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Dr. Eugene “Gene” Kutcher ’01 MA

Dean of the Norm Brodsky College of Business at Rider University still looks at success as a research study, and he has found a lot of good material to work with over the years.

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Dean, Norm Brodsky College of Business, Rider University

Dr. Eugene Kutcher ’01 MA was recently appointed dean of the Norm Brodsky College of Business at Rider University after serving as interim dean for a year. Kutcher joined Rider in 2007 as an assistant professor in the Department of Management. He was promoted to associate professor and tenured in 2013 and assumed the role of department chairperson in 2015. Before he rose through the ranks at Rider, he was a graduate student at Montclair State University, studying Industrial Organizational Psychology.

“Simply put – Industrial Organizational Psychology is the social scientific study of behavior in the workplace,” says Kutcher. After graduating, his first career step was in corporate learning and development. Kutcher notes that his education prepared him for this applied work and equipped him “to prioritize evidence-based methods, to always be assessing and evaluating and to consider all influences on human behavior in the workplace.”

After spending some time in the field, Kutcher pursued his PhD at Virginia Tech. According to Kutcher, “for this type of advanced graduate study, the Montclair State program trained me how to design and construct sound studies, how to think critically about the research process, and about the important principles and sub-disciplines in this vast and multifaceted area of study.”

Kutcher recalls the program as an intense one that prepares students for a wide range of career paths. “The others with whom I went through the program are doing some amazing things in consulting, government, business and academia,” he adds.

Now, in his role of administration within higher education, he calls upon his graduate education as much as ever. “The attention that IO Psychology places on workplace climate, management skills, work motivation, perceived fairness and sociopolitical dynamics provides a lens through which to detect, interpret, and manage the interpersonal and cultural elements of leadership,” adds Kutcher.

Since graduating, Kutcher has remained connected to the IO Psychology program. “I have been following the program over the years as an alumnus and a fan, and I know that it has grown only more intense in its academic rigor, the quantity and quality of faculty, and the opportunities for students,” says Kutcher.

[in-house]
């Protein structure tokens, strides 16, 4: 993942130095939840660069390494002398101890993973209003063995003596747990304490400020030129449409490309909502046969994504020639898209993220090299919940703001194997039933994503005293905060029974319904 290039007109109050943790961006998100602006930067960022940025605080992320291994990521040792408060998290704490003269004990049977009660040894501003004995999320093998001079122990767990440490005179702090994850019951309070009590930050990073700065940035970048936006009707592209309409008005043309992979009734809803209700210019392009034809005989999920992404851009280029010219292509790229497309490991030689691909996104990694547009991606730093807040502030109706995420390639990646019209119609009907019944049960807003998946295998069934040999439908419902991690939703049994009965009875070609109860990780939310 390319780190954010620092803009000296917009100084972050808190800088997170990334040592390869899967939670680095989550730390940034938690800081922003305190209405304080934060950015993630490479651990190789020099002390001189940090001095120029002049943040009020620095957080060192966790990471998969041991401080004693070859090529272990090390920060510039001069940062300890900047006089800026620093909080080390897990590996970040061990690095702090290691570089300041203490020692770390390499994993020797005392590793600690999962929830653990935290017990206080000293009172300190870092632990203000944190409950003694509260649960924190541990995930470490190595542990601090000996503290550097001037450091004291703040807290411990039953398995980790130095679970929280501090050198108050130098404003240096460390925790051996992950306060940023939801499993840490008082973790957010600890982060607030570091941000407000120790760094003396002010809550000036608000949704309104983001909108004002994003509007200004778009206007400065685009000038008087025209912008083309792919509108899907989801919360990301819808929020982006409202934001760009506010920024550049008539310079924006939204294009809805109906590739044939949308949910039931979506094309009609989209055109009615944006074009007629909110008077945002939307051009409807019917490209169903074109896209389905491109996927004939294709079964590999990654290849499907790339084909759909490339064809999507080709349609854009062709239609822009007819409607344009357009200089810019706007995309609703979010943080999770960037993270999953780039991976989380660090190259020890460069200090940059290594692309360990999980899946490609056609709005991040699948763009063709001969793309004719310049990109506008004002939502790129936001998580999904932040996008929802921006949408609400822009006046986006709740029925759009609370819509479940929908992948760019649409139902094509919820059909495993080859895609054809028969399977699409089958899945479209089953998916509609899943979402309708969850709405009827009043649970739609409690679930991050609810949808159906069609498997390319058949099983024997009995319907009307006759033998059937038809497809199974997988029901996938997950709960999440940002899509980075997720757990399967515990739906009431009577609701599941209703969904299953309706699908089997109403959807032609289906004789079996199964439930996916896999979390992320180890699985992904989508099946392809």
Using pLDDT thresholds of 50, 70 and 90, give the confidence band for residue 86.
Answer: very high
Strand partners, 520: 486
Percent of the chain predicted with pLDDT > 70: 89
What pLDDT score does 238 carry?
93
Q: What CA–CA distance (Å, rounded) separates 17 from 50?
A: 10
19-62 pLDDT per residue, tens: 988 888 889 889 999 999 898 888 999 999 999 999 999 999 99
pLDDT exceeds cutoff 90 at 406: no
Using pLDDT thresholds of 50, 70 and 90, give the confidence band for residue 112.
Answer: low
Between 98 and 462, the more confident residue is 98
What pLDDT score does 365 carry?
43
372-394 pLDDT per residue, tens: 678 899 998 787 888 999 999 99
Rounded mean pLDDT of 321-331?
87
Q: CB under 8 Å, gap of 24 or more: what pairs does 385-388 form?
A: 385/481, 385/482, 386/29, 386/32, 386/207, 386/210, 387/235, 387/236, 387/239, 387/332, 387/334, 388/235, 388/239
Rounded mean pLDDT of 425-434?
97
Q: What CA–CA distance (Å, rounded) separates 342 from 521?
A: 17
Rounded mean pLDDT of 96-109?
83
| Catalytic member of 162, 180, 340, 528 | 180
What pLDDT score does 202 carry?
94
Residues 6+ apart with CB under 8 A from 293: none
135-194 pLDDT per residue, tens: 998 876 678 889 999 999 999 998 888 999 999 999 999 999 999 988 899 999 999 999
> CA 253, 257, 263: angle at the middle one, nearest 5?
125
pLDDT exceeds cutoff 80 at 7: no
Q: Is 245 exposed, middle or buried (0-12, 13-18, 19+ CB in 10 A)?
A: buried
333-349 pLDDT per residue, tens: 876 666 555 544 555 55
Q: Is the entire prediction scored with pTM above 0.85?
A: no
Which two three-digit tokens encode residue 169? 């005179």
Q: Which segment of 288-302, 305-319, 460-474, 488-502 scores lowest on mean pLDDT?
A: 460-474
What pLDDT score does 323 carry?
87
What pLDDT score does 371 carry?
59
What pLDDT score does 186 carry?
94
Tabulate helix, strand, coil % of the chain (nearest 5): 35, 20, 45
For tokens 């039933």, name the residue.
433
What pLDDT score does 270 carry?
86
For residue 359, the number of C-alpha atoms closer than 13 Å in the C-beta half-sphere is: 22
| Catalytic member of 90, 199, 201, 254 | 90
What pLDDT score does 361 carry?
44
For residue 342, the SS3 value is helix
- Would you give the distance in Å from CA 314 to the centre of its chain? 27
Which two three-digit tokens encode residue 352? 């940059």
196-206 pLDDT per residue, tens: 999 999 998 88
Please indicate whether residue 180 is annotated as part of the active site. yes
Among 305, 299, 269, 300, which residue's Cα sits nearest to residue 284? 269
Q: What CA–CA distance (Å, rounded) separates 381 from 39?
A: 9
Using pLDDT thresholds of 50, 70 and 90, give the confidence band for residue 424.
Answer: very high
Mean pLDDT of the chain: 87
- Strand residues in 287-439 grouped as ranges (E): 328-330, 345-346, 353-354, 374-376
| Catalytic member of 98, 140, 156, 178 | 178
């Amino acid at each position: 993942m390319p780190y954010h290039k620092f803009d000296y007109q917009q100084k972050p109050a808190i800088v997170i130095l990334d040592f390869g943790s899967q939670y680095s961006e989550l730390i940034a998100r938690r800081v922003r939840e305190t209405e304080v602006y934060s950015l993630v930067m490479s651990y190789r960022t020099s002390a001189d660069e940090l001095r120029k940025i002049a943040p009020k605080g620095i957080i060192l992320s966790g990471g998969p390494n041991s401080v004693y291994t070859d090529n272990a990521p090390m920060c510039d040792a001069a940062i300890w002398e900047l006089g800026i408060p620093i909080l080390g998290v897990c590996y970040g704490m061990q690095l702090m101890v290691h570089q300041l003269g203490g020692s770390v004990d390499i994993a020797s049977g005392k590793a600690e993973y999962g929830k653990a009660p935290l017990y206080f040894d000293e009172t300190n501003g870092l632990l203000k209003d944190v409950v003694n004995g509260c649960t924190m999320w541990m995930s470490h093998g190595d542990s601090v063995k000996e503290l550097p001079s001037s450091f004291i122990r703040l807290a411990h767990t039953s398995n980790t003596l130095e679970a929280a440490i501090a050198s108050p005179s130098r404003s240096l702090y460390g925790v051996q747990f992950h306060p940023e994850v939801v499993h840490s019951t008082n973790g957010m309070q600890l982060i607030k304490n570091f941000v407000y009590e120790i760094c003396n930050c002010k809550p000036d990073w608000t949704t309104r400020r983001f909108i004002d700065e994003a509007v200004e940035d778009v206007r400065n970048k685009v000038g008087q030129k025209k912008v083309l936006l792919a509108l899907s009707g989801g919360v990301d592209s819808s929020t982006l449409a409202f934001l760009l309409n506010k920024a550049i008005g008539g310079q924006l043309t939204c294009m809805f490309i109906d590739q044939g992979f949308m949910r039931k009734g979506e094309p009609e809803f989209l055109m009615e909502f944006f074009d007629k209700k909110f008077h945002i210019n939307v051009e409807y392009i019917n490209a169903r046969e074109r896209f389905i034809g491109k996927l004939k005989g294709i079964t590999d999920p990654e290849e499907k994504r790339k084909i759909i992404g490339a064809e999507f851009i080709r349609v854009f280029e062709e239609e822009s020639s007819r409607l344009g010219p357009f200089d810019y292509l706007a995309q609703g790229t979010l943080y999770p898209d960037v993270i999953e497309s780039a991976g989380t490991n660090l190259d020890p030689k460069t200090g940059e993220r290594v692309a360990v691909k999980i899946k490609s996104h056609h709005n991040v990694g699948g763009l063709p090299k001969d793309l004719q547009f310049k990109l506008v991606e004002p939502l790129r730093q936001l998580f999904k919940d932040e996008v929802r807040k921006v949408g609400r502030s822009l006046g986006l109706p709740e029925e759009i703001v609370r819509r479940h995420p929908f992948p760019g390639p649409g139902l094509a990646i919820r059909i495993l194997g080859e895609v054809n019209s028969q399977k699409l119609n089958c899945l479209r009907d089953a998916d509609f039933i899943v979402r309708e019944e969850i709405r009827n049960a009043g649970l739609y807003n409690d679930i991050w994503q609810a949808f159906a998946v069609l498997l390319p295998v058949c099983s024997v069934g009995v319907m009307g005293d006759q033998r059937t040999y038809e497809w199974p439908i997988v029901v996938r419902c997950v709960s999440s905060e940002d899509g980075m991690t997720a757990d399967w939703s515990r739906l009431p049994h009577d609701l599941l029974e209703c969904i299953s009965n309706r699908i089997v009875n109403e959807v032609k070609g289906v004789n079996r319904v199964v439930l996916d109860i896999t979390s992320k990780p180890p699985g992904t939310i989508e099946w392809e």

“My fondest memories are the relationships that I built with fellow students. When studying in an intensive program like this, it’s natural to build and rely on a support network of peers.” He notes that as students of psychology, he and his classmates were “very aware of this human need and were motivated to help and support each other.” A particularly fond memory for Kutcher was attending academic conferences with faculty members and other students. “I worked in a research group, and we presented at the Eastern Academy of Management’s annual conference in Philadelphia,” recalls Kutcher.

“It was my first introduction to the world of academic conferences – presenting a study to researchers from other programs and institutions, and then being both critiqued and supported at the same time. Over the years, attending annual, regional and national conferences has been a part of the job. I always enjoy reconnecting with the constituency from the Montclair State program,” he notes.

When asked about who made an impact on him during his time at Montclair State, Kutcher shares that Dr. Jennifer Bragger had – and continues to have – a profound influence on him. “I was in my first year of the master’s program when she visited as a faculty candidate. I was thrilled when she joined the faculty and assumed leadership over the program. She became my thesis advisor, my supervisor when I worked as a graduate assistant the following year and a wonderful professor in the classroom,” says Kutcher. “She is fair, engaging and creative in her teaching methods. It has been two decades since I graduated from the program, but she remains my primary research collaborator and a dear friend. As much as I value our relationship, I know that I am not the only one who feel this way about her. I also know that she is not the only faculty member in this program who engenders this type of affection and respect.”

If Kutcher could share words of wisdom with current students hoping to work in higher education, he would note, “Like any industry, higher education has its challenges – perhaps never more extreme than the current responses to the COVID-19 pandemic. Whether it is the day-to-day or the existential hardships, it helps to see them all as opportunities to develop,” he adds.

“I hope it doesn’t sound too cliché, but I’ve learned to never stop learning. Identify role models, and then observe how they move from one success to another, and how they handle the inevitable challenges and failures. Identify the reading list and then try to be as disciplined as you can about putting in the daily work to stay informed. Identify the important success criteria and then think of it as a research study,” says Kutcher.